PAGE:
Households reported relatively strong growth in nominal spending over the past year in the latest survey and they expected that to be maintained over the next 12 months.  The net balance who said that they had increased nominal spending over the last 12 months and the net proportion expecting to increase spending next year both increased to their highest level since the questions were introduced in 2015 (Chart 1).

These intentions for higher spending did not appear to reflect households feeling better off as they did not expect much improvement in their overall financial situation over the next year (Chart 1).  But they may reflect rising prices:  one-year ahead inflation expectations rose from 1.6% in September to 2.1% in April (Chart 1), and perceptions of inflation over the past year rose too.  But what we’d like to know is whether nominal spending will rise one-for-one with prices or whether there will be a fall in real spending, and this is where the questions in the latest NMG survey that directly asked households how they would respond can help.

Chart 1: Spending intentions and expectations for inflation and personal financial situation

Results on how households would respond to a real income squeeze

Households were asked to ‘Imagine a scenario where the price of all goods and services you buy increased for a sustained period. Imagine the cost of everything – food, clothes, travel costs, getting your hair cut, getting the car washed etc. increased by 5% from tomorrow’ and were then asked how they would respond to that.  Households were told to ‘assume your income would not be any higher unless you take action to increase it’.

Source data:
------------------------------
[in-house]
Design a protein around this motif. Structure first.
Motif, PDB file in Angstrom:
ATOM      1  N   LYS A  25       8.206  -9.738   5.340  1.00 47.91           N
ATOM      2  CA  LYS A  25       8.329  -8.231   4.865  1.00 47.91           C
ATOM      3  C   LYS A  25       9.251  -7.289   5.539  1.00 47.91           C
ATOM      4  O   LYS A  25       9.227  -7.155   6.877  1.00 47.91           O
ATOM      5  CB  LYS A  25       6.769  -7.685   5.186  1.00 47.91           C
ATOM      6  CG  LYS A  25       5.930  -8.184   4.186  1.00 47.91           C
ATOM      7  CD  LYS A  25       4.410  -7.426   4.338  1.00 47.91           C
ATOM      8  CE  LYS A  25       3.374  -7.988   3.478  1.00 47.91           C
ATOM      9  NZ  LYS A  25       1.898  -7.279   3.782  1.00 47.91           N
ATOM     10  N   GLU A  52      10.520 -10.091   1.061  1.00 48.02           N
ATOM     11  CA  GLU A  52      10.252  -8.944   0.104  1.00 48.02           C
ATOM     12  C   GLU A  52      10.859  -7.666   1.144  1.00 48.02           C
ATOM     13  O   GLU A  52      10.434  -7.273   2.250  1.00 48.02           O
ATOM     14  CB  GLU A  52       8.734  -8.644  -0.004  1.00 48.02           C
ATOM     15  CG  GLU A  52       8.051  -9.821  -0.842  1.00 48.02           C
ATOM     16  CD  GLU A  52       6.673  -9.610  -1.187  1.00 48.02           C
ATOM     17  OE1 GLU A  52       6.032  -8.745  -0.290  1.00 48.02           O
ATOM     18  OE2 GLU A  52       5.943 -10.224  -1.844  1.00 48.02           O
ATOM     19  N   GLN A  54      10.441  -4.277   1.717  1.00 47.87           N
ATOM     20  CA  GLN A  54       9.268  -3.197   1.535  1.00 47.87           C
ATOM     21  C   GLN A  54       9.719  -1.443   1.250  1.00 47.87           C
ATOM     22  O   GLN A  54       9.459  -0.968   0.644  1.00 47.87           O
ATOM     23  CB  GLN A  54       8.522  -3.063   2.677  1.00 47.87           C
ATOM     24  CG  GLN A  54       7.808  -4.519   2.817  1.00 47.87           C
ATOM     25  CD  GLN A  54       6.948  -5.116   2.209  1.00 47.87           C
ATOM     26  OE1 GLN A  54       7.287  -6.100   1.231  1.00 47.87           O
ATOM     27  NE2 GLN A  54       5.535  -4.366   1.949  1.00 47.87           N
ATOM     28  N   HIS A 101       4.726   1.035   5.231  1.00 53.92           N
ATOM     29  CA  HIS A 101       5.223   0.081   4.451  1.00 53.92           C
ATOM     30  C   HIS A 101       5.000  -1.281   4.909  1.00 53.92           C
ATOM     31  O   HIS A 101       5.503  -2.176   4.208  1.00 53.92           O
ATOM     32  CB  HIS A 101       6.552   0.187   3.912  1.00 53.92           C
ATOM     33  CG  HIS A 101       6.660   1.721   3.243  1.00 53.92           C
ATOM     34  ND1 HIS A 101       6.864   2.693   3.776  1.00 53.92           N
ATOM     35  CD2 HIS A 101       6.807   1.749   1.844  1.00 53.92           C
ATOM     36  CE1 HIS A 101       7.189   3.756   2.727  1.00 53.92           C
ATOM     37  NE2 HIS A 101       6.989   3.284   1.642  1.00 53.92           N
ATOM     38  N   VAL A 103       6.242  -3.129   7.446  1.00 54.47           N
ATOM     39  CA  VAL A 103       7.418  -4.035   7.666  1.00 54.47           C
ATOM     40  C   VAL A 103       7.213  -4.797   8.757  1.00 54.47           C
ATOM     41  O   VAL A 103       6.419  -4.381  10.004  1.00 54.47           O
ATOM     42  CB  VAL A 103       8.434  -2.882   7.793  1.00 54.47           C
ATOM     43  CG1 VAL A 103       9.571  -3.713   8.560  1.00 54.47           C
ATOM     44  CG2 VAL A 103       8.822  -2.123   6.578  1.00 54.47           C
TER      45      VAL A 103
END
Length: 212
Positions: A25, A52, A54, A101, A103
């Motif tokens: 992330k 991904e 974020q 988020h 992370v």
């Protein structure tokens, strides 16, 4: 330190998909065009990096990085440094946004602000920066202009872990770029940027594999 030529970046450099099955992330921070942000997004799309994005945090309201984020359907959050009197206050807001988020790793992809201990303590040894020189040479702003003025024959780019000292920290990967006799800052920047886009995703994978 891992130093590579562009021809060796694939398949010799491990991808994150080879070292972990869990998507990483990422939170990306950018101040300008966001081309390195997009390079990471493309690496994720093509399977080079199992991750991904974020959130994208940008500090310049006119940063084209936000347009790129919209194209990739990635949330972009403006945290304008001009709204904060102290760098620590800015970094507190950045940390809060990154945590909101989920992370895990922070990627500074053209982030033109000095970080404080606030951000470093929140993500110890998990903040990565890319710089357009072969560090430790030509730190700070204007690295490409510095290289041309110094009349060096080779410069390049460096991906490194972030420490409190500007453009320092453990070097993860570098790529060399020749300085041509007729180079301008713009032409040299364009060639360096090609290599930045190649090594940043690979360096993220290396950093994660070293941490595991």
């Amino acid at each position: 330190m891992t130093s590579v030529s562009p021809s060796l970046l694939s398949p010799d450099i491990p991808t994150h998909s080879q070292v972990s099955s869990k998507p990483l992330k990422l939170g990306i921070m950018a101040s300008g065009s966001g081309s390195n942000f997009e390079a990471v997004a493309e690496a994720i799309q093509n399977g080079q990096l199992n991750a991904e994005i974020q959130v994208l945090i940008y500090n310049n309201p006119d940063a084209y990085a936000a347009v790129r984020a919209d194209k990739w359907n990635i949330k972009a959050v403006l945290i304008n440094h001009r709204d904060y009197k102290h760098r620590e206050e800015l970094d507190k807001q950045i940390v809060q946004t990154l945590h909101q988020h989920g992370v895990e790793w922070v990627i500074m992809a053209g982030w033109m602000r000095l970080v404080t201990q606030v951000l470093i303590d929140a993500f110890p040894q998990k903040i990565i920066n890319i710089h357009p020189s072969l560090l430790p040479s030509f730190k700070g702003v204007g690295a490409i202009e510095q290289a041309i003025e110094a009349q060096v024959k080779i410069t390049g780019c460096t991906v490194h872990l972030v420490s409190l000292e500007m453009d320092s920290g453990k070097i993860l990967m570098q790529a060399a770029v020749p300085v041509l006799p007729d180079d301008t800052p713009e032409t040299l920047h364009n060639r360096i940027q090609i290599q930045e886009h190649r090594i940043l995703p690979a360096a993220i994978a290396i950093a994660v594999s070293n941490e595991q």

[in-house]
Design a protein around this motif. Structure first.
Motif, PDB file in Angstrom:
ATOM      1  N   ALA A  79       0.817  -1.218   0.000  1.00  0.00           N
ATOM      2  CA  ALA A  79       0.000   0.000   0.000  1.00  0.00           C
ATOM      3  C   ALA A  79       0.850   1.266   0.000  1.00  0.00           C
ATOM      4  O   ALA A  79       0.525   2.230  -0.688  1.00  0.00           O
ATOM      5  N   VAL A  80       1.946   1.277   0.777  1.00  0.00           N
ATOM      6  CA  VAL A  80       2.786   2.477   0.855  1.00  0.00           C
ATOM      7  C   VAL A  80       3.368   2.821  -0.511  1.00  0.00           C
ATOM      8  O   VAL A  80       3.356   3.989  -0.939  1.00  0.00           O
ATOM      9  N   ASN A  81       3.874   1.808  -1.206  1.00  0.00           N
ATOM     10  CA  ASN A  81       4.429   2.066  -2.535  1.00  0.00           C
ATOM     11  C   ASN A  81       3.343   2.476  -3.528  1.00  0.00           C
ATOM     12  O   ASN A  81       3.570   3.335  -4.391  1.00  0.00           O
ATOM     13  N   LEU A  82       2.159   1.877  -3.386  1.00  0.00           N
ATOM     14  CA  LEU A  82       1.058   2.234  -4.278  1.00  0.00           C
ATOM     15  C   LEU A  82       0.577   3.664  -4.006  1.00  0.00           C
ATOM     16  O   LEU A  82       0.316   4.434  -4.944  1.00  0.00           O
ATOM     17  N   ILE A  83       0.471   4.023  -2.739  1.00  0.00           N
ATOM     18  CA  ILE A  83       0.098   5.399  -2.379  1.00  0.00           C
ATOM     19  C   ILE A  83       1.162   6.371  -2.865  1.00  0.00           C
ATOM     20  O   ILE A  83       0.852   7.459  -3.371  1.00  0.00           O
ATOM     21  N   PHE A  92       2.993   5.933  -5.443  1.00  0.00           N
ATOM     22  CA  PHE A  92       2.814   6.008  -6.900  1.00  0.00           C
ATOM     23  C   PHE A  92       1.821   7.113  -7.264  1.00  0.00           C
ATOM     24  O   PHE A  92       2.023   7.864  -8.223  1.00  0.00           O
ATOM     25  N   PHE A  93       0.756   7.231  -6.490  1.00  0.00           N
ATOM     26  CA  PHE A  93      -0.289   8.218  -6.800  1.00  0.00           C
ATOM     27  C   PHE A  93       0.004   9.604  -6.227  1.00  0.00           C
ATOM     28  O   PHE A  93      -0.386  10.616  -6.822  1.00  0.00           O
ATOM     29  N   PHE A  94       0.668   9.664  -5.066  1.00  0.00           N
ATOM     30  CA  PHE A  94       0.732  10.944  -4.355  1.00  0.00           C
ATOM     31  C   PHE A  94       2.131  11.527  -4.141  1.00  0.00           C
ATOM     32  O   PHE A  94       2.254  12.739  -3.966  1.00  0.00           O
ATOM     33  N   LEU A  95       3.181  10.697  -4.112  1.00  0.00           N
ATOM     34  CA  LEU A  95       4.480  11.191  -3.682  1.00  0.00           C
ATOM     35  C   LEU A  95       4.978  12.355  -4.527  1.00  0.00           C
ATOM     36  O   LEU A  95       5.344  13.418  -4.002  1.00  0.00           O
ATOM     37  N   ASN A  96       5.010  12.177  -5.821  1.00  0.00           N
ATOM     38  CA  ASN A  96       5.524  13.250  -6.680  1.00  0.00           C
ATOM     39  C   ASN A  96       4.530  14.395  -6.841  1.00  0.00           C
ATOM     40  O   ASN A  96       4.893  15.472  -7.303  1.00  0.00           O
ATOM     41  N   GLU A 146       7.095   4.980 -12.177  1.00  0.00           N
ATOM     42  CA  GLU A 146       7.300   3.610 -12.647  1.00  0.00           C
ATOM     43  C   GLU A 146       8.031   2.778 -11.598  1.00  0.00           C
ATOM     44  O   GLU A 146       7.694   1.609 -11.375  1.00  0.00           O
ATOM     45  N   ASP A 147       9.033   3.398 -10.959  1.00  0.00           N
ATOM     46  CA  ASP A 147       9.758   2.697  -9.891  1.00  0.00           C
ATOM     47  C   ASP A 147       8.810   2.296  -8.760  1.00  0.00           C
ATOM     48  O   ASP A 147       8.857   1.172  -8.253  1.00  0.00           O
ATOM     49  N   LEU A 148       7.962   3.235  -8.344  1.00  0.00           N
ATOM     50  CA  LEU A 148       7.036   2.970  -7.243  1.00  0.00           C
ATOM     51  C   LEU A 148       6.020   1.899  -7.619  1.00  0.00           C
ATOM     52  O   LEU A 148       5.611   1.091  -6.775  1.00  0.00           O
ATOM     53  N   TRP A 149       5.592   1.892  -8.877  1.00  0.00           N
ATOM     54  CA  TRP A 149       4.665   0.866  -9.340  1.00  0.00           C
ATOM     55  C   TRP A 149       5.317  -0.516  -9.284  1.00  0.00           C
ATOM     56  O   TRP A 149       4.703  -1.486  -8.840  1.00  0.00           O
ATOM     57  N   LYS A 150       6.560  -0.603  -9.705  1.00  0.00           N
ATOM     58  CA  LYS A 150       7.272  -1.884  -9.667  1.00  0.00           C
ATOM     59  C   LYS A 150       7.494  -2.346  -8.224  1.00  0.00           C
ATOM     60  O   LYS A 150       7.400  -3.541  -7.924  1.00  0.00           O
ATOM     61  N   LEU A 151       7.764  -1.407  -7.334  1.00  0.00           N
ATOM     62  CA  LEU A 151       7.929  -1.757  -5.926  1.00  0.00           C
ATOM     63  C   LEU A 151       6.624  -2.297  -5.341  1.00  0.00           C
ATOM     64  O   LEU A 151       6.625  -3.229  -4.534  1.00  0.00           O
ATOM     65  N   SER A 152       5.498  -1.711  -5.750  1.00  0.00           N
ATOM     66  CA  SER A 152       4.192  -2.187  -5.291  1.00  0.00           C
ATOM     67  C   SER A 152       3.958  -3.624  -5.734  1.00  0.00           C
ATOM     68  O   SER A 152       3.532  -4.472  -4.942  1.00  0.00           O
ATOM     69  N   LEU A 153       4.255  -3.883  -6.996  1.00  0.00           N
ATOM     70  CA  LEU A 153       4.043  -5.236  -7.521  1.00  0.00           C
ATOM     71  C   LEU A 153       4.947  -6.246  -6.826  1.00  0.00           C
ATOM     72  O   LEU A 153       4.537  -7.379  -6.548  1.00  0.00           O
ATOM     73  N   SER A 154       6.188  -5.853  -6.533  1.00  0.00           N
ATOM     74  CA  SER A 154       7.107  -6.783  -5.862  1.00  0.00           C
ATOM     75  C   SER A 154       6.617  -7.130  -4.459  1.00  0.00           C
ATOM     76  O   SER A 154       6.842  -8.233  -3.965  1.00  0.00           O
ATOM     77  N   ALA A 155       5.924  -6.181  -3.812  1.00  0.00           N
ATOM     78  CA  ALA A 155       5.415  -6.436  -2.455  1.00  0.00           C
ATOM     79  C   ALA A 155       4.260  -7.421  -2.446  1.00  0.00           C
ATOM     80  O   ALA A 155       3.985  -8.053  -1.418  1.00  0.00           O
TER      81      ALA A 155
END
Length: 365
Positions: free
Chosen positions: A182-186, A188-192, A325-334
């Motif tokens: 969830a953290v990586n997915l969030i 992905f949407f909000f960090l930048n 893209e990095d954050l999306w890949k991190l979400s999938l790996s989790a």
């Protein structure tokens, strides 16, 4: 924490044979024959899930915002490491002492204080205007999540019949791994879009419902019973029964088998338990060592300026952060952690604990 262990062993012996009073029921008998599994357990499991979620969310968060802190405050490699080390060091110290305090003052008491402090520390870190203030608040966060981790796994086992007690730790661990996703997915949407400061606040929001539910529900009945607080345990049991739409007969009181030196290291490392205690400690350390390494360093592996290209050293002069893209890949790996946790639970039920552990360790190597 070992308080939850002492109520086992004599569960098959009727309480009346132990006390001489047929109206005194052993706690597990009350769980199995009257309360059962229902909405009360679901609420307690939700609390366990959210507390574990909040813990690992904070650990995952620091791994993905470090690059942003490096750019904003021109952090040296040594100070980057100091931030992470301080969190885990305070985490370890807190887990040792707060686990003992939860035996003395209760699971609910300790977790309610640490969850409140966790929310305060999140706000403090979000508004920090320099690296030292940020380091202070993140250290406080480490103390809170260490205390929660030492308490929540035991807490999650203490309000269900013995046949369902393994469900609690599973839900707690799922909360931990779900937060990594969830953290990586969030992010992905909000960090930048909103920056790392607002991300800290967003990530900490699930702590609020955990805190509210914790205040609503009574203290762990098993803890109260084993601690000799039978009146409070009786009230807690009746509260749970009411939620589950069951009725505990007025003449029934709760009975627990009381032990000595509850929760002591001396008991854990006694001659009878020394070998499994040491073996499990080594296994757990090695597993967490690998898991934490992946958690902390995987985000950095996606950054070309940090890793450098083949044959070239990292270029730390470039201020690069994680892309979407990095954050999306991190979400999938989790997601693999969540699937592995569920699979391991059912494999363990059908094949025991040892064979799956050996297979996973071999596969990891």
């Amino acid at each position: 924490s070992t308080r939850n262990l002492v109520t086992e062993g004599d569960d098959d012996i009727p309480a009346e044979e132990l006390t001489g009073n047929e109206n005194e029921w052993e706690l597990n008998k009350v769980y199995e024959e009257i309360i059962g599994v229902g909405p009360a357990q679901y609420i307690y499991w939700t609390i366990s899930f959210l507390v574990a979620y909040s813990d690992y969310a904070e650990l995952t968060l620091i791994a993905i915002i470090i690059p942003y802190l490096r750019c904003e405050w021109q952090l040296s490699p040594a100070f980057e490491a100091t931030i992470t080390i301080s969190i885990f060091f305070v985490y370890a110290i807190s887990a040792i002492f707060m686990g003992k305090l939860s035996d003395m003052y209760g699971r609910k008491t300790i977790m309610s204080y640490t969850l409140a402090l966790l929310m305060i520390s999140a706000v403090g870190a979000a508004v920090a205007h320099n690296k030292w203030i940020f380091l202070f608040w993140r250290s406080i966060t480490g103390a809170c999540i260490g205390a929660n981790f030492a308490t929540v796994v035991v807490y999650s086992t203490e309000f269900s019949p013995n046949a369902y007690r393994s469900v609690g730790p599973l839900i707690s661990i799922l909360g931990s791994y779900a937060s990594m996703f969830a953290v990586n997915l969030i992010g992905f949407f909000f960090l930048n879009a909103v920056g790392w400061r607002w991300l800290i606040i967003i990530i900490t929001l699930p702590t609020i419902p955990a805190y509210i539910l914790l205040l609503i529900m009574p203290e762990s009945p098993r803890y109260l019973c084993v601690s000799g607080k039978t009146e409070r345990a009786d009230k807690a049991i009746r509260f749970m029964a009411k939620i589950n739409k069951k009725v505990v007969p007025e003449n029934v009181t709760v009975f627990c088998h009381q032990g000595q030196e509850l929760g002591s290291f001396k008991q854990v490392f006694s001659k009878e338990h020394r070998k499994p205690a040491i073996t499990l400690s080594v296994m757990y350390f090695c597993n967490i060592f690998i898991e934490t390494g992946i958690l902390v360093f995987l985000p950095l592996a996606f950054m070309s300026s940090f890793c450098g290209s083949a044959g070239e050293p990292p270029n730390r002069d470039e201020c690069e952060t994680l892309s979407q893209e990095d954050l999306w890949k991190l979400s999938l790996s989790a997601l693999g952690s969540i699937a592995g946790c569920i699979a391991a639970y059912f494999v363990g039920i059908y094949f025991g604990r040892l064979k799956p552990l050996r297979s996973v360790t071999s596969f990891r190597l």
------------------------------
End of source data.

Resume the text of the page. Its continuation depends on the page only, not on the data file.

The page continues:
Around a third of households reported that they would buy broadly what they do now in response to a 5% rise in prices, even though it would be more expensive (so increase nominal spending one-for-one), a third would not increase nominal spending at all (or in some cases would cut spending) and a third would increase spending in some areas but not in others (Chart 2).

Chart 2: Responses to a real income shock

By making assumptions about the amount spending would change by for each of the different survey responses (for example that those who would buy the same items increase spending by 5% and that those who would do a mixture of spending more on some things but not on others would spend 2.5% more) it is possible to estimate an overall effect on both real and nominal spending.  Those calculations indicate that a 5% real income fall (caused by a 5% rise in prices) would raise nominal spending by 2.25%, implying that real spending would fall by 2.75%.  Assuming that the response was linear would mean that each 1% of real income shock would lower real spending by 0.55%.  That is close to previous NMG survey estimates on how households say that they have responded to actual negative income shocks.

Among households who would increase nominal spending following a rise in prices, using existing savings or saving less each month was by far the most common way that they expected to finance this and was cited by 60% of respondents (Chart 3).  Increasing income by working more was the next most popular response (18%) followed by requesting a change to a mortgage or paying less than required on debts/bills (10%).  Only 4% said that they would rely on borrowing more from banks.